Drug-resistant fungal infections pose threat to India patients

In May, a middle-aged-man suffering from Covid-19 was admitted in an intensive care unit (ICU) of a hospital in the eastern Indian city of Kolkata.

As his condition deteriorated, the patient was put on a ventilator. He was administered steroids, a life-saving treatment for severe and critically ill Covid-19 patients. But experts say the drug also reduces immunity and pushes up blood sugar levels in patients.

After a prolonged stay in the ICU, the patient had recovered and was ready to go home when doctors found he was infected with a deadly, drug-resistant fungus.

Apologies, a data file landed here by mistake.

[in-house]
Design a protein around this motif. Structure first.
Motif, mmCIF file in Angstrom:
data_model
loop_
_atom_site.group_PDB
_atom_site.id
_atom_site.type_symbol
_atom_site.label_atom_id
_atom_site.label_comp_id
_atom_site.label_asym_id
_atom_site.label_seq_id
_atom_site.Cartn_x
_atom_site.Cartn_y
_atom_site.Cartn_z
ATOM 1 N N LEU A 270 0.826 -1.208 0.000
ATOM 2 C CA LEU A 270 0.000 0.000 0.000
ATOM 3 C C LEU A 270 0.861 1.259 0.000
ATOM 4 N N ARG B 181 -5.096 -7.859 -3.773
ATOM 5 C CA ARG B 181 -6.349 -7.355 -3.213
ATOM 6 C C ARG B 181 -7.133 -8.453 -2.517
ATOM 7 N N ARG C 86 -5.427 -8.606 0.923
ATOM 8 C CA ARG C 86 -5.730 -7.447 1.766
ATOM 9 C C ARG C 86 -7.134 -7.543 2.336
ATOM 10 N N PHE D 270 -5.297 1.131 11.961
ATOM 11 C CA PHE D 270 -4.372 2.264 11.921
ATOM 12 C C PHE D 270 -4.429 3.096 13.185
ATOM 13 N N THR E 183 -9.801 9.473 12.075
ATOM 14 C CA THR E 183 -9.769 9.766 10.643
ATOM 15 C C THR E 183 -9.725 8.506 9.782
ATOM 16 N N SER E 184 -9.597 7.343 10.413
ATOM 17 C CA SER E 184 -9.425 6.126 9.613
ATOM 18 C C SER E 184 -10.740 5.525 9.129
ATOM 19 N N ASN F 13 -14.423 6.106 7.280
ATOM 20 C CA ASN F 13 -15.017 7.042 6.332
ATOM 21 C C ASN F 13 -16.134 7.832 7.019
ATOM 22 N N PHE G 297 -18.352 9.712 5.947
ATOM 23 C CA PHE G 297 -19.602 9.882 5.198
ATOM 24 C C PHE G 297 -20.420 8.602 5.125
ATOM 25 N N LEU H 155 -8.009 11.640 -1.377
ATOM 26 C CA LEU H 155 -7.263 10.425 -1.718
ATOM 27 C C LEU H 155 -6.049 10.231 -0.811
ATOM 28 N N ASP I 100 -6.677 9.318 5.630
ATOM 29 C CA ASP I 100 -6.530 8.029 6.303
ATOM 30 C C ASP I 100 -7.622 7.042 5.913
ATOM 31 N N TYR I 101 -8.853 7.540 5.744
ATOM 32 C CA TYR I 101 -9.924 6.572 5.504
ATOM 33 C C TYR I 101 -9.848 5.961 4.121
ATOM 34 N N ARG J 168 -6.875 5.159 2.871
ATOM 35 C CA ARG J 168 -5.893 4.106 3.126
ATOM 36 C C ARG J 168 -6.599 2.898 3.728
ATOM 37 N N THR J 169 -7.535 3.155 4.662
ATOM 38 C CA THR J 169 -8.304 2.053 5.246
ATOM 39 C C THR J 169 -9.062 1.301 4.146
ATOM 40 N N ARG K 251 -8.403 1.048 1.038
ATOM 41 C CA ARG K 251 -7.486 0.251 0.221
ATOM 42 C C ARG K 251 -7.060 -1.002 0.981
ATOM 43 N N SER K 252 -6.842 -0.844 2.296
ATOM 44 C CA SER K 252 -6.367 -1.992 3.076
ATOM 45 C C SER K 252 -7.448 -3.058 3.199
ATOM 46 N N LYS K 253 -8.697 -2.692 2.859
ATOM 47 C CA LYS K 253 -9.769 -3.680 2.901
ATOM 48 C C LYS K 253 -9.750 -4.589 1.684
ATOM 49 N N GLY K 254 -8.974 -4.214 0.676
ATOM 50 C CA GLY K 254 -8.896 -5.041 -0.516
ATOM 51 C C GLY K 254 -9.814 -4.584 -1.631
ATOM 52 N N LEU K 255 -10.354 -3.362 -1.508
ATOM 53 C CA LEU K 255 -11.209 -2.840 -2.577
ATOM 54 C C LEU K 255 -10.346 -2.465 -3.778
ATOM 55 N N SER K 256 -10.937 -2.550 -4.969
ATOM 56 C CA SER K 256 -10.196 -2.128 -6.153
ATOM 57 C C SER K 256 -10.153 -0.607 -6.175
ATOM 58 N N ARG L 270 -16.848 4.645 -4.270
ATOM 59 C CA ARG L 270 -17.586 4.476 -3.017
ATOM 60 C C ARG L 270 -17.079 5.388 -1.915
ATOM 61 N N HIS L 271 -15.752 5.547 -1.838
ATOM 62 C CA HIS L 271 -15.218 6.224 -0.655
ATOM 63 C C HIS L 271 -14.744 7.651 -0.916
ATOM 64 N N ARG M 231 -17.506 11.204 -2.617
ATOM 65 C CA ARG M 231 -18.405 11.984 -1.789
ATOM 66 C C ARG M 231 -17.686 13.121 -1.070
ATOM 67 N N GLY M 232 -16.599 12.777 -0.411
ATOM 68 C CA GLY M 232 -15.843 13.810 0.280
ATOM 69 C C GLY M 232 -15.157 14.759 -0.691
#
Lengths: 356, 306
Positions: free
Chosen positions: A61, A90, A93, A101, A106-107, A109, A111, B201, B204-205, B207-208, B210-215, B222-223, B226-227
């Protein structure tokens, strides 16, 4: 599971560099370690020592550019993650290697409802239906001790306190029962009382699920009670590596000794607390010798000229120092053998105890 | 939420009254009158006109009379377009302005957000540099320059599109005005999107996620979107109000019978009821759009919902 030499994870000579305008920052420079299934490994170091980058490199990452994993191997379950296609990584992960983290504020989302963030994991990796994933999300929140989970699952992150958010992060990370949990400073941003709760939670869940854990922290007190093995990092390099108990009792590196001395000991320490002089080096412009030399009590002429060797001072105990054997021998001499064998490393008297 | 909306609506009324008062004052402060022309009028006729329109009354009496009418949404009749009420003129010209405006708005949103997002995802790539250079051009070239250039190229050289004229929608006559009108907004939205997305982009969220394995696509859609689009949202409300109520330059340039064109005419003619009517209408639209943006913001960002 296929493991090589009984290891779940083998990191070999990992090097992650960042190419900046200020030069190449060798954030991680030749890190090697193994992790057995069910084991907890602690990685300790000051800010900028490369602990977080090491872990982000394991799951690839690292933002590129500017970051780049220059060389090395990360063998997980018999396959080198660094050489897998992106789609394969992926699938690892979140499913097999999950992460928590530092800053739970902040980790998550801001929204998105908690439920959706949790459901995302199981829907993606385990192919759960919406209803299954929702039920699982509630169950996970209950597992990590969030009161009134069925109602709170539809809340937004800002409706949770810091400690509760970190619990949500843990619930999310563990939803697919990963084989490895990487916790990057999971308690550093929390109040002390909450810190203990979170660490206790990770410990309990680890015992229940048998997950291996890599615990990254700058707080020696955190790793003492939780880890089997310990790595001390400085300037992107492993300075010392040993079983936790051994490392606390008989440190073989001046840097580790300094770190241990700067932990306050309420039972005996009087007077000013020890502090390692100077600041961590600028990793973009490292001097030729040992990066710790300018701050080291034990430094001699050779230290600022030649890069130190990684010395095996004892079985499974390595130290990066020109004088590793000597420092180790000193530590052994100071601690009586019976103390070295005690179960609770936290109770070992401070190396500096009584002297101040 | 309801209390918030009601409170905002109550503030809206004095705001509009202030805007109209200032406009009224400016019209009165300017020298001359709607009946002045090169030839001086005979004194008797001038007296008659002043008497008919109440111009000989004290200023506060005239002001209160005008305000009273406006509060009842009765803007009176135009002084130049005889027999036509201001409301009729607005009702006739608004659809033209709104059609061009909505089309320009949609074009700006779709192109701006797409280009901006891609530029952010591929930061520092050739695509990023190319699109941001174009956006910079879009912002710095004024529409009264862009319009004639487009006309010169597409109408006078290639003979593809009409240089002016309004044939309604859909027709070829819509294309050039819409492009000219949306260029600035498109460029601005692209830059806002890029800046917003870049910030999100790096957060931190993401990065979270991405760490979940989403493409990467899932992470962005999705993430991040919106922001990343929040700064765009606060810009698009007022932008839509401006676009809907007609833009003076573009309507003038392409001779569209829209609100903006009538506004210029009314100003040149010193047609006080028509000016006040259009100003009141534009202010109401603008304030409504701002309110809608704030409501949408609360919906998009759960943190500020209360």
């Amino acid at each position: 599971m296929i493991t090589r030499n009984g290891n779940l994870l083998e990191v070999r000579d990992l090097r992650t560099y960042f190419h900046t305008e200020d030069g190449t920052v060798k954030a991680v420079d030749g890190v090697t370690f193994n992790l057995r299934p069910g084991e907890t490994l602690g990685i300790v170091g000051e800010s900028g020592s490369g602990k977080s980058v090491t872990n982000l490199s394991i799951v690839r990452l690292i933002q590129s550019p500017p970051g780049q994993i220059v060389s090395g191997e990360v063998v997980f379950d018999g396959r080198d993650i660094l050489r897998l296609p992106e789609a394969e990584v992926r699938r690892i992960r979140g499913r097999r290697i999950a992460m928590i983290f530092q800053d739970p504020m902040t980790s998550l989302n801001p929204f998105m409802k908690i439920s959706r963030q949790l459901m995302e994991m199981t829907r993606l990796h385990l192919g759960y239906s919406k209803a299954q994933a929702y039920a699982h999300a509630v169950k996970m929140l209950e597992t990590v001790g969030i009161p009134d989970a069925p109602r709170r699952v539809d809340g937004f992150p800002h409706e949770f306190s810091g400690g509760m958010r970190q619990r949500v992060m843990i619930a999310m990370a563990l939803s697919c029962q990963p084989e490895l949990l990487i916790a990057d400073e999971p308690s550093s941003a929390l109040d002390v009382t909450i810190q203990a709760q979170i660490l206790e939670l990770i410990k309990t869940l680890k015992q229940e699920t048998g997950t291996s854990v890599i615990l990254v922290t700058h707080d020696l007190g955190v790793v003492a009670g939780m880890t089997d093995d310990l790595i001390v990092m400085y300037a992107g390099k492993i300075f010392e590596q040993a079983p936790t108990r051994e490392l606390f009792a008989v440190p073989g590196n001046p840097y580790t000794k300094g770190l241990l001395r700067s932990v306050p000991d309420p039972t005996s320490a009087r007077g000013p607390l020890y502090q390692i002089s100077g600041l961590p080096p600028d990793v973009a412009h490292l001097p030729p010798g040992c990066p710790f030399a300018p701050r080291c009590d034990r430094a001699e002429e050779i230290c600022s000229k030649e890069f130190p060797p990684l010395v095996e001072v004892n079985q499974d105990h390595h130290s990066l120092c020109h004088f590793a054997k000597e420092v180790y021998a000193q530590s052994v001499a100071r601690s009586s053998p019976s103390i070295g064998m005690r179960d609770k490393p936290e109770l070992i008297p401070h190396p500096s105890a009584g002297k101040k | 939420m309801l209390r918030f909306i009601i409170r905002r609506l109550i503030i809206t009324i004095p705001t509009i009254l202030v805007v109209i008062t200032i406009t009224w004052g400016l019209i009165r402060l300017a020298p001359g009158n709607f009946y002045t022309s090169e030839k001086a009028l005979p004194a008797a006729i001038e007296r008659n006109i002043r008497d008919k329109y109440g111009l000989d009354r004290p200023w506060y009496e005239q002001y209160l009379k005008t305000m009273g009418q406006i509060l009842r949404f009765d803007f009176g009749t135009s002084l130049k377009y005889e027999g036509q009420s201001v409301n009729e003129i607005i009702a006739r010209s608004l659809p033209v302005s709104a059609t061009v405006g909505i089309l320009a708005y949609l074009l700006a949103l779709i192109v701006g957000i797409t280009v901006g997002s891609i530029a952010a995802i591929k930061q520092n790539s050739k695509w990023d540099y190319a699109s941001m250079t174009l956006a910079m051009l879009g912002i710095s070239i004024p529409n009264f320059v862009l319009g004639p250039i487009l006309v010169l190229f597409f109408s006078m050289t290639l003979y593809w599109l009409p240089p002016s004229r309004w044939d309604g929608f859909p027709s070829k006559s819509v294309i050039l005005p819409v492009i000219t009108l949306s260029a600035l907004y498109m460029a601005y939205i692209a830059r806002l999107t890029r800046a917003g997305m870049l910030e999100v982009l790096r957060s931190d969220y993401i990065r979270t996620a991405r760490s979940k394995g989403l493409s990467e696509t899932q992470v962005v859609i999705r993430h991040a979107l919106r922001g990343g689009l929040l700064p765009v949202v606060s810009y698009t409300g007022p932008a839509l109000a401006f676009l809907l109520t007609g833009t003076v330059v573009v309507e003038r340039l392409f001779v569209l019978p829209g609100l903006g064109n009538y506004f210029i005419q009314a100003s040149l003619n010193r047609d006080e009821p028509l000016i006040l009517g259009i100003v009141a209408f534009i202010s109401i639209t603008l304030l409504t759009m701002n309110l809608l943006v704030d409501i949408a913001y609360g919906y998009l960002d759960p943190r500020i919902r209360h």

Candida auris (C. auris), discovered a little over a decade ago, is one of the world's most feared hospital microbes. This bloodstream infection is the most frequently detected germ in critical-care units around the world and has a mortality rate of around 70%.

"We are seeing an increased number of patients with the infection during the second wave of Covid-19. There are a lot of sick people in the ICUs and many of them are on high steroid doses. That could be the reason," Dr Om Srivastava, a Mumbai-based infectious diseases specialist, said.

What are the fungal infections on the rise?

As the second wave washes over India and severely ill patients clog the ICUs, doctors are seeing an uptick in a host of dangerous fungal infections.

First, there was an outbreak of mucormycosis or the black-fungus, a rare but dangerous infection, which affects the nose, eye and sometimes the brain. Some 12,000 cases and more than 200 deaths from the disease have been already recorded.